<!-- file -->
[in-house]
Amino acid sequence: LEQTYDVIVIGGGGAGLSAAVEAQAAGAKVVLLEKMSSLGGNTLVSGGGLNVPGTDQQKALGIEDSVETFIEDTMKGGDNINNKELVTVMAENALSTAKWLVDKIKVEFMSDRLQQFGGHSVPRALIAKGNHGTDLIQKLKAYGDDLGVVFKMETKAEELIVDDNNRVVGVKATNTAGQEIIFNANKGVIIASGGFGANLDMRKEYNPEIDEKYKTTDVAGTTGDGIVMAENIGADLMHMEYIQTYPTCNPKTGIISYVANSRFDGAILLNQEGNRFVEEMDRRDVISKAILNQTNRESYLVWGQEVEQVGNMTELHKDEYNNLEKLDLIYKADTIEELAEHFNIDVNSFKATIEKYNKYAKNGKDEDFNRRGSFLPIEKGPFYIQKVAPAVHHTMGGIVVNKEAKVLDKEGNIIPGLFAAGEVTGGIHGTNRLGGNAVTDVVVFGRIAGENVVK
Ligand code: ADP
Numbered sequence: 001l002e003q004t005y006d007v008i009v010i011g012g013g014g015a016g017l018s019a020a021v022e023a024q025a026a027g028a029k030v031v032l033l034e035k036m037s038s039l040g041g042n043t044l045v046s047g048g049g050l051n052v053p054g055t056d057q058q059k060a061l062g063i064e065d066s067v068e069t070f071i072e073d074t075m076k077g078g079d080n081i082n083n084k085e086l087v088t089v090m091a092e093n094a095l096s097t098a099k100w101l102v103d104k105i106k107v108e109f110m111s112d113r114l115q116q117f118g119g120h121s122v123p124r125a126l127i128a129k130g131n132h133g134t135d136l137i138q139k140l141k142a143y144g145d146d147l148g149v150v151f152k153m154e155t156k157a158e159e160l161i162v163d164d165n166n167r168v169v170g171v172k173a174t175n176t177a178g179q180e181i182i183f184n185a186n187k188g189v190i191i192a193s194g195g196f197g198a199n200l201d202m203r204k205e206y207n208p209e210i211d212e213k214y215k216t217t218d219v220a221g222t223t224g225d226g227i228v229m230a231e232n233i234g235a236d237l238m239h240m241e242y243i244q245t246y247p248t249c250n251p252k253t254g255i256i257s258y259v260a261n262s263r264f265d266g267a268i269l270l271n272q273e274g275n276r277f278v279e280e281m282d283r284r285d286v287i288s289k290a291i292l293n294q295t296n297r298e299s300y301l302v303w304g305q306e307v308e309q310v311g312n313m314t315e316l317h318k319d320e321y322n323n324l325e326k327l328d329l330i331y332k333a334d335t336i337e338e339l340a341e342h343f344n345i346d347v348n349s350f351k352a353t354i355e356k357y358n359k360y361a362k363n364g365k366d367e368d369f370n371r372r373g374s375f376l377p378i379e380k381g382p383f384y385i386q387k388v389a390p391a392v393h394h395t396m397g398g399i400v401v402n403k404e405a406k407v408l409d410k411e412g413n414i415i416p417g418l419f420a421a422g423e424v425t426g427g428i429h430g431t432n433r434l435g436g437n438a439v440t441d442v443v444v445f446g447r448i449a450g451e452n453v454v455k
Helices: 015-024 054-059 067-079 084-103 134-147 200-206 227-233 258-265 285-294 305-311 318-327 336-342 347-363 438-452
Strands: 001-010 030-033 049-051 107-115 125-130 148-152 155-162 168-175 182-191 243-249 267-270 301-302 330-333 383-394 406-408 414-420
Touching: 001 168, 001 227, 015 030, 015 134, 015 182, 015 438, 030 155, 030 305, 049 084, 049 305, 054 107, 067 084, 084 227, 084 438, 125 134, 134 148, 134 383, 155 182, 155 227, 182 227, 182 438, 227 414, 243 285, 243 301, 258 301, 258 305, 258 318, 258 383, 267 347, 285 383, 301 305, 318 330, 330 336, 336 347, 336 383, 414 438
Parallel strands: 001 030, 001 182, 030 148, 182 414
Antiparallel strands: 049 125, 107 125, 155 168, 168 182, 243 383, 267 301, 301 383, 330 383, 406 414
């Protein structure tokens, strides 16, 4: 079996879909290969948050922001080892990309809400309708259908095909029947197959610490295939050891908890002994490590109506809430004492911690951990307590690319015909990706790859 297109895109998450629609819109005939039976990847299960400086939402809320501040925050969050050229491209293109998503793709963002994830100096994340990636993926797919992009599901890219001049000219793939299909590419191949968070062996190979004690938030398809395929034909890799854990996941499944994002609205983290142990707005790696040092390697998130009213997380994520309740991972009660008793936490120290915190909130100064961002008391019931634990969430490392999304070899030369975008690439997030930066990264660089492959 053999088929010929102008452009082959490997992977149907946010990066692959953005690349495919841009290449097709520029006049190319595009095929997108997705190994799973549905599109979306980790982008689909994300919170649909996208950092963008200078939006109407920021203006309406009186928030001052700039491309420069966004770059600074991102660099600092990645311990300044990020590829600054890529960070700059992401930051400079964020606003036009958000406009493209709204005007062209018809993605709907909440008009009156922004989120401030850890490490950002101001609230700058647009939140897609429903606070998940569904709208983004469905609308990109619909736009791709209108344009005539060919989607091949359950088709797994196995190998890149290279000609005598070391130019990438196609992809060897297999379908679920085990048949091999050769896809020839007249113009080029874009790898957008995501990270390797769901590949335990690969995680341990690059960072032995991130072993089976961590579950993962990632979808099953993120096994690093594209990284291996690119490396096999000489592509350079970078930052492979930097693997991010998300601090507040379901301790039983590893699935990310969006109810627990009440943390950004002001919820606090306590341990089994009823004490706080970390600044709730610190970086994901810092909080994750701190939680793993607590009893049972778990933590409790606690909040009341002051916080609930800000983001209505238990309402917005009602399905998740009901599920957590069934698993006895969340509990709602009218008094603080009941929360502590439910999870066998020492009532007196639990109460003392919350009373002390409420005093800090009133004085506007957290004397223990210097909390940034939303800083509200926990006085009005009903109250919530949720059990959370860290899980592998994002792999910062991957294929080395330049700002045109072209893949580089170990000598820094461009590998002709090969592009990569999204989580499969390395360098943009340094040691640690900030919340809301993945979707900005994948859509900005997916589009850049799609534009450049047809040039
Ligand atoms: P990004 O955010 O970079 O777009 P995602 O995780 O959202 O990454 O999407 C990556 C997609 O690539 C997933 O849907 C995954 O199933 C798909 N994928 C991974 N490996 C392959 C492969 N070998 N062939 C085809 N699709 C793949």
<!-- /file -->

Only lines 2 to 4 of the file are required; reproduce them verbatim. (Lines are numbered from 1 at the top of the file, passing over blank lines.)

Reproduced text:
Amino acid sequence: LEQTYDVIVIGGGGAGLSAAVEAQAAGAKVVLLEKMSSLGGNTLVSGGGLNVPGTDQQKALGIEDSVETFIEDTMKGGDNINNKELVTVMAENALSTAKWLVDKIKVEFMSDRLQQFGGHSVPRALIAKGNHGTDLIQKLKAYGDDLGVVFKMETKAEELIVDDNNRVVGVKATNTAGQEIIFNANKGVIIASGGFGANLDMRKEYNPEIDEKYKTTDVAGTTGDGIVMAENIGADLMHMEYIQTYPTCNPKTGIISYVANSRFDGAILLNQEGNRFVEEMDRRDVISKAILNQTNRESYLVWGQEVEQVGNMTELHKDEYNNLEKLDLIYKADTIEELAEHFNIDVNSFKATIEKYNKYAKNGKDEDFNRRGSFLPIEKGPFYIQKVAPAVHHTMGGIVVNKEAKVLDKEGNIIPGLFAAGEVTGGIHGTNRLGGNAVTDVVVFGRIAGENVVK
Ligand code: ADP
Numbered sequence: 001l002e003q004t005y006d007v008i009v010i011g012g013g014g015a016g017l018s019a020a021v022e023a024q025a026a027g028a029k030v031v032l033l034e035k036m037s038s039l040g041g042n043t044l045v046s047g048g049g050l051n052v053p054g055t056d057q058q059k060a061l062g063i064e065d066s067v068e069t070f071i072e073d074t075m076k077g078g079d080n081i082n083n084k085e086l087v088t089v090m091a092e093n094a095l096s097t098a099k100w101l102v103d104k105i106k107v108e109f110m111s112d113r114l115q116q117f118g119g120h121s122v123p124r125a126l127i128a129k130g131n132h133g134t135d136l137i138q139k140l141k142a143y144g145d146d147l148g149v150v151f152k153m154e155t156k157a158e159e160l161i162v163d164d165n166n167r168v169v170g171v172k173a174t175n176t177a178g179q180e181i182i183f184n185a186n187k188g189v190i191i192a193s194g195g196f197g198a199n200l201d202m203r204k205e206y207n208p209e210i211d212e213k214y215k216t217t218d219v220a221g222t223t224g225d226g227i228v229m230a231e232n233i234g235a236d237l238m239h240m241e242y243i244q245t246y247p248t249c250n251p252k253t254g255i256i257s258y259v260a261n262s263r264f265d266g267a268i269l270l271n272q273e274g275n276r277f278v279e280e281m282d283r284r285d286v287i288s289k290a291i292l293n294q295t296n297r298e299s300y301l302v303w304g305q306e307v308e309q310v311g312n313m314t315e316l317h318k319d320e321y322n323n324l325e326k327l328d329l330i331y332k333a334d335t336i337e338e339l340a341e342h343f344n345i346d347v348n349s350f351k352a353t354i355e356k357y358n359k360y361a362k363n364g365k366d367e368d369f370n371r372r373g374s375f376l377p378i379e380k381g382p383f384y385i386q387k388v389a390p391a392v393h394h395t396m397g398g399i400v401v402n403k404e405a406k407v408l409d410k411e412g413n414i415i416p417g418l419f420a421a422g423e424v425t426g427g428i429h430g431t432n433r434l435g436g437n438a439v440t441d442v443v444v445f446g447r448i449a450g451e452n453v454v455k